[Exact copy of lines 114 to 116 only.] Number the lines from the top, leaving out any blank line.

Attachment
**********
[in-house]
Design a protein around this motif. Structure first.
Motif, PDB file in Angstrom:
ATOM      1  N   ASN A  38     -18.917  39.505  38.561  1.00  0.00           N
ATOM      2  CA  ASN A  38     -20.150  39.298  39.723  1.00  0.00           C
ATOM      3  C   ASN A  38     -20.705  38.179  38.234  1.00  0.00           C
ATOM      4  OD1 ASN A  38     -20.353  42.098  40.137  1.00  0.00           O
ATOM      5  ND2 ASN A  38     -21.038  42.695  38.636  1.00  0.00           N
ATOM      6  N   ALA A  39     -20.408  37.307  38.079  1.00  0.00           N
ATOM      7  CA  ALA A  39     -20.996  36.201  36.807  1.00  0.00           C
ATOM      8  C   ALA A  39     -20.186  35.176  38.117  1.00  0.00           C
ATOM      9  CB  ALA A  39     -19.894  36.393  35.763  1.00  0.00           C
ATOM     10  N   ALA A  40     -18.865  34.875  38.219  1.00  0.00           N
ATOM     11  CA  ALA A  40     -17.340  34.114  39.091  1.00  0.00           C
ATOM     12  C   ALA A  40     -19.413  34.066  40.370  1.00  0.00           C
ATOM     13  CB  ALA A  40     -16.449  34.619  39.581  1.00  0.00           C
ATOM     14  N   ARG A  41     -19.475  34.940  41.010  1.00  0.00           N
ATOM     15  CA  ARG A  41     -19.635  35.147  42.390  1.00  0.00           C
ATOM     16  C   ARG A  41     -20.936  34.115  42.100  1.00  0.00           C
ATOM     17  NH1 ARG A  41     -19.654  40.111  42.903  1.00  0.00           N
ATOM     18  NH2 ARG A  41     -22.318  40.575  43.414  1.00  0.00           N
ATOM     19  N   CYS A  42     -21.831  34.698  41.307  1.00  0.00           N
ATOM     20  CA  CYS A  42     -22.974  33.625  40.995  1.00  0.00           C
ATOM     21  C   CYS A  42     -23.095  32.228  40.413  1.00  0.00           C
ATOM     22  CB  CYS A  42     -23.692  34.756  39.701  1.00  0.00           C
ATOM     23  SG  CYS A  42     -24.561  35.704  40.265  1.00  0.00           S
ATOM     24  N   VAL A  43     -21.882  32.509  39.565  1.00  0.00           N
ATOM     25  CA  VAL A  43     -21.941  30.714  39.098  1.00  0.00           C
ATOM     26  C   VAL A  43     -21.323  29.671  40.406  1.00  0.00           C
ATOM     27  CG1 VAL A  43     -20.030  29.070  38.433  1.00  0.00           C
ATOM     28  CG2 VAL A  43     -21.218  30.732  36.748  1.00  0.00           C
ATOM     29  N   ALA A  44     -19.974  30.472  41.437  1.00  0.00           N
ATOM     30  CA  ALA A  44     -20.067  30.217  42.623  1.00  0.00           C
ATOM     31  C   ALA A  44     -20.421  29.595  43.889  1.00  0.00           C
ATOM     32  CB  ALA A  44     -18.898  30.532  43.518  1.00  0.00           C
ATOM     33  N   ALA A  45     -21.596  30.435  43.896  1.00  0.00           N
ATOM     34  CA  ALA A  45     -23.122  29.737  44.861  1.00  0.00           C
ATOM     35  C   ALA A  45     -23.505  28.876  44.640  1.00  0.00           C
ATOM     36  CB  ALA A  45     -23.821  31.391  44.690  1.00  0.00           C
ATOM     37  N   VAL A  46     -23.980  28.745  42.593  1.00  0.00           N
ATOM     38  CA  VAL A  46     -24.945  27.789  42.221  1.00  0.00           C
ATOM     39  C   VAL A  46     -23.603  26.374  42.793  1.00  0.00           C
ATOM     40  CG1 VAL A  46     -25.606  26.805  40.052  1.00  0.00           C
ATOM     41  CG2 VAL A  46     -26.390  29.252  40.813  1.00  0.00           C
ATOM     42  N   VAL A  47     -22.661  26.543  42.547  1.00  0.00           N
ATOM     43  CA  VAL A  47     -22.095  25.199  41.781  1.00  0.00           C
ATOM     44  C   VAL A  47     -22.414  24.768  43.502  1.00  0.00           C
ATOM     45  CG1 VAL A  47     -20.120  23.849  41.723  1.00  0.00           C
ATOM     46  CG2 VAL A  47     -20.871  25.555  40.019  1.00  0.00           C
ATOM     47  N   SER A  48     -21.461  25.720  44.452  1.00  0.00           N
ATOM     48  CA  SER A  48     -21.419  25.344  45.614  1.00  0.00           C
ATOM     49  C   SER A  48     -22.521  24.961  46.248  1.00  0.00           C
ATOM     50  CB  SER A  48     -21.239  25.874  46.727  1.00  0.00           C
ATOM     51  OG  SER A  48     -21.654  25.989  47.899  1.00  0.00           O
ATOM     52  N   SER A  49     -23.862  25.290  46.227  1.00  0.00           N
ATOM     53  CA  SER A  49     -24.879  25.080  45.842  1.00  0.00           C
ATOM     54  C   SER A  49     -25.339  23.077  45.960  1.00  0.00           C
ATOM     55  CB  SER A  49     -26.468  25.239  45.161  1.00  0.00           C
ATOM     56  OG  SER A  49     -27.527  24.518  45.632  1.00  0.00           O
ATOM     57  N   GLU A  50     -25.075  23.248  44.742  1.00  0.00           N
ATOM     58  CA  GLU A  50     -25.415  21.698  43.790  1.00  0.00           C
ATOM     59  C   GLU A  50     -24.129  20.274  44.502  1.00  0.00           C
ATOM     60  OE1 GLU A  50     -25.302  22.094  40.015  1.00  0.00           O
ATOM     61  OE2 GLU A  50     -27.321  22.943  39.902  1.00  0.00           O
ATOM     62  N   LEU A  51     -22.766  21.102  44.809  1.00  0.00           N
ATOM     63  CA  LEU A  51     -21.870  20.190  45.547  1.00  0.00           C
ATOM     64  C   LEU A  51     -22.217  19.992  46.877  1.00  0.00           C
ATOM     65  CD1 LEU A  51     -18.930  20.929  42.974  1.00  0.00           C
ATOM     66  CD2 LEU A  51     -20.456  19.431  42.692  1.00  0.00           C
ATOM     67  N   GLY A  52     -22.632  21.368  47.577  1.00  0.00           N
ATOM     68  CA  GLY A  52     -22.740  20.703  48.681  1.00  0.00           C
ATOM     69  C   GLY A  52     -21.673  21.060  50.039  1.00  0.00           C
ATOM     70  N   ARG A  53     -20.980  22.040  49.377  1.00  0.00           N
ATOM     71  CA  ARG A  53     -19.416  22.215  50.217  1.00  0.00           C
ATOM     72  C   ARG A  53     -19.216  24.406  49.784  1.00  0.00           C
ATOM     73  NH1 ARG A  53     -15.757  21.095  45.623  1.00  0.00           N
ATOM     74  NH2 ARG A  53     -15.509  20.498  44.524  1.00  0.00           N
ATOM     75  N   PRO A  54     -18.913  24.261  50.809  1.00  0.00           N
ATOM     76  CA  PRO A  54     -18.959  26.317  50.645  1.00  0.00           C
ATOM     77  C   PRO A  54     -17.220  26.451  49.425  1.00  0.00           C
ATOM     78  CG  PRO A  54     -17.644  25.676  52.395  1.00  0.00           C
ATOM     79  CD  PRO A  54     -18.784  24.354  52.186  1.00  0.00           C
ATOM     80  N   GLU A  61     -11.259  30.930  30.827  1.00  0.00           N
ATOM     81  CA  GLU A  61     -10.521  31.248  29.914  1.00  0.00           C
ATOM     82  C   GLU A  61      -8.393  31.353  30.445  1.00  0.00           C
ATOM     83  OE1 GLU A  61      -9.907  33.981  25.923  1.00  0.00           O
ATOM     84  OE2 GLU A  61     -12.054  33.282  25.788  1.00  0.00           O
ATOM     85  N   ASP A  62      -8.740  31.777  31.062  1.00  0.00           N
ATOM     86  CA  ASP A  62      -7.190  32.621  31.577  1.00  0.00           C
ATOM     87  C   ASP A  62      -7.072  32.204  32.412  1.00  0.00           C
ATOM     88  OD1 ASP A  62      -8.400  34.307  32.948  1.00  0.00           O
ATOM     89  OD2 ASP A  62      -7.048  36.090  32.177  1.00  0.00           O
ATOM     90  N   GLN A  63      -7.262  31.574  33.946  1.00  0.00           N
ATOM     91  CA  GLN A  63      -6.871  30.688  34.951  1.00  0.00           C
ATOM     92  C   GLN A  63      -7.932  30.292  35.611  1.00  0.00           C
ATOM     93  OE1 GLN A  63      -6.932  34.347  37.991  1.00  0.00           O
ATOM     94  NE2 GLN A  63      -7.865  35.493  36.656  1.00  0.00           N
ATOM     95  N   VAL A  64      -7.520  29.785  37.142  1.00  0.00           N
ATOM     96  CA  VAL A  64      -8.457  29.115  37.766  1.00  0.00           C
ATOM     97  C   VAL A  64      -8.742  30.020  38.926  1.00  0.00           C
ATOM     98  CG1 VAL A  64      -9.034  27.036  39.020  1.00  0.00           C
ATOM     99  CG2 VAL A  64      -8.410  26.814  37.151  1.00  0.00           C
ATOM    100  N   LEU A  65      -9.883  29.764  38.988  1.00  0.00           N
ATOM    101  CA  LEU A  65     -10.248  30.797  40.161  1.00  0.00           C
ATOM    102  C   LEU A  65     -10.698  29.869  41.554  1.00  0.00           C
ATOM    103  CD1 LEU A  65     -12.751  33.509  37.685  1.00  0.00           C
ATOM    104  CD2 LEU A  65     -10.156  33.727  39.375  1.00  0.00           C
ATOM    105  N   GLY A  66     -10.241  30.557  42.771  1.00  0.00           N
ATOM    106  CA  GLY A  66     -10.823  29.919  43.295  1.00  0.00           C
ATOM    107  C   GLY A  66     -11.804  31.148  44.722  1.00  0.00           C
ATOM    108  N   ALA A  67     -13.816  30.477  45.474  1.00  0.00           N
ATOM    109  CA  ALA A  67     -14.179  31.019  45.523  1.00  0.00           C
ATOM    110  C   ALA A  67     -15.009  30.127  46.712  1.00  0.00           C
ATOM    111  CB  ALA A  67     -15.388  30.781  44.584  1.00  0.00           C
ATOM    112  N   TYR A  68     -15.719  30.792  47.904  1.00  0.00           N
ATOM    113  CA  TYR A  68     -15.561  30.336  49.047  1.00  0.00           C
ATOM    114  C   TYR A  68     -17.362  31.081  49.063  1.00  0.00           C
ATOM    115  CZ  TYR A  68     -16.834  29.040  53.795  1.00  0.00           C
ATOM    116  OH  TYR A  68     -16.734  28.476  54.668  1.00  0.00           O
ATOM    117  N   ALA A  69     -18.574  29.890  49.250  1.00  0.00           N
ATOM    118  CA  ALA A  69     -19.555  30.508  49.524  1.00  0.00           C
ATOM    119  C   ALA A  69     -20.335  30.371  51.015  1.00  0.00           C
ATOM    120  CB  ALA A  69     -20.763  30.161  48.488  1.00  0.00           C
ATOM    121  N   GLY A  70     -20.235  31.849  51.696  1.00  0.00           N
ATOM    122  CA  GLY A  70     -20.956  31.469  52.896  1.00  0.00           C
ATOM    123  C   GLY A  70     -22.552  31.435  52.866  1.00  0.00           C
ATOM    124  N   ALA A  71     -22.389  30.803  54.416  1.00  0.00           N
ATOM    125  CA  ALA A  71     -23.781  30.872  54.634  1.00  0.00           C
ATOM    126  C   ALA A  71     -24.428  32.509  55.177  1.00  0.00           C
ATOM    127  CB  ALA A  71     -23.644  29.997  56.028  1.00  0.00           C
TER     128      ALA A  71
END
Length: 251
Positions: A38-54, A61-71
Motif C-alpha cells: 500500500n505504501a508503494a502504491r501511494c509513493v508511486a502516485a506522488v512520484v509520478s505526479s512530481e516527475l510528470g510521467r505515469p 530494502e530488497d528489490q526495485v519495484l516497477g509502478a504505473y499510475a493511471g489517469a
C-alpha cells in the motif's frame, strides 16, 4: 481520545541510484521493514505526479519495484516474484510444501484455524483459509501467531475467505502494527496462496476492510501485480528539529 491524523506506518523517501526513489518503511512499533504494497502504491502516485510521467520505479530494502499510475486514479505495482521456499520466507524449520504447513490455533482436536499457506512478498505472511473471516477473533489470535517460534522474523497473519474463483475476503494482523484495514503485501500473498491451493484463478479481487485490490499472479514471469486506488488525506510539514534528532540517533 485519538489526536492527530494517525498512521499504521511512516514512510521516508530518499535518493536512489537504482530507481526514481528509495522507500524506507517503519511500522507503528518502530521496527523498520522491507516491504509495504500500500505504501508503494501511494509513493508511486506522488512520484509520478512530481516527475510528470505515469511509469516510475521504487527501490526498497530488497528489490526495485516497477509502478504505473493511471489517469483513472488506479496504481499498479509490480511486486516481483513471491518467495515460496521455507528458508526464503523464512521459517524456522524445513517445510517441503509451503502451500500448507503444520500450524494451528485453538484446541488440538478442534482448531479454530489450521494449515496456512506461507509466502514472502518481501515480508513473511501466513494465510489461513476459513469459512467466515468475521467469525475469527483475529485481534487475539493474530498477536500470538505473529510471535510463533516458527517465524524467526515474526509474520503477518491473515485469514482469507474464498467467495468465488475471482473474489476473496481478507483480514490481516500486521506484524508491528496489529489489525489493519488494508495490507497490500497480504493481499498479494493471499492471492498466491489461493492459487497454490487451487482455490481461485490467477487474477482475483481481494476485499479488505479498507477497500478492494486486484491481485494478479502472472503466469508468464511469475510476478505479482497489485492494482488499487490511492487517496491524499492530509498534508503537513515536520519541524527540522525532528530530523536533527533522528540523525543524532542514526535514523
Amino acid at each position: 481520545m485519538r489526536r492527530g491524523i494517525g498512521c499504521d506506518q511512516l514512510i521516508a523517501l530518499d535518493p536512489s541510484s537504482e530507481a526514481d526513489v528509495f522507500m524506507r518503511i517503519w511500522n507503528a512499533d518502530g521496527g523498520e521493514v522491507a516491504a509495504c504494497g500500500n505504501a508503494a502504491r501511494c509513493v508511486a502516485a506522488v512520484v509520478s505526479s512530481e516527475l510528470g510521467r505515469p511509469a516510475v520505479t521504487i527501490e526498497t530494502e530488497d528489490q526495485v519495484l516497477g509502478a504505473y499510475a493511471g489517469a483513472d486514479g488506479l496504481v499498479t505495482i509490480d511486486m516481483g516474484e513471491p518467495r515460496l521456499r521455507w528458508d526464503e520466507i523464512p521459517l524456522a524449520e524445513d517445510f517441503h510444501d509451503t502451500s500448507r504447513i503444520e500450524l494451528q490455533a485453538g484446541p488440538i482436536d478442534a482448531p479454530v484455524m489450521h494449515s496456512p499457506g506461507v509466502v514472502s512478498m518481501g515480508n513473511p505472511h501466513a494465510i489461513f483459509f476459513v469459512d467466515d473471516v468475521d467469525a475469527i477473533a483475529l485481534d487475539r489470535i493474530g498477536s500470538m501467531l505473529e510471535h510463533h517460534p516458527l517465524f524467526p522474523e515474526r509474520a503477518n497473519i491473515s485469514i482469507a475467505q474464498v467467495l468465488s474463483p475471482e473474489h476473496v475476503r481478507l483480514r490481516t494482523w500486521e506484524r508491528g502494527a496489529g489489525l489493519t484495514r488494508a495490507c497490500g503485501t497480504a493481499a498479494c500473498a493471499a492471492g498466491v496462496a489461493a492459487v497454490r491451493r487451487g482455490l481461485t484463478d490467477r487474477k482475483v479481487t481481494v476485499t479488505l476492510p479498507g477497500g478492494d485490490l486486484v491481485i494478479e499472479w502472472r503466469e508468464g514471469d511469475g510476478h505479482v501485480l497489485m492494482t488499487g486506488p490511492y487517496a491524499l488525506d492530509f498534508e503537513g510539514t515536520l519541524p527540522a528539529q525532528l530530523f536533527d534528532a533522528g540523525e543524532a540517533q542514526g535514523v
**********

ATOM    111  CB  ALA A  67     -15.388  30.781  44.584  1.00  0.00           C
ATOM    112  N   TYR A  68     -15.719  30.792  47.904  1.00  0.00           N
ATOM    113  CA  TYR A  68     -15.561  30.336  49.047  1.00  0.00           C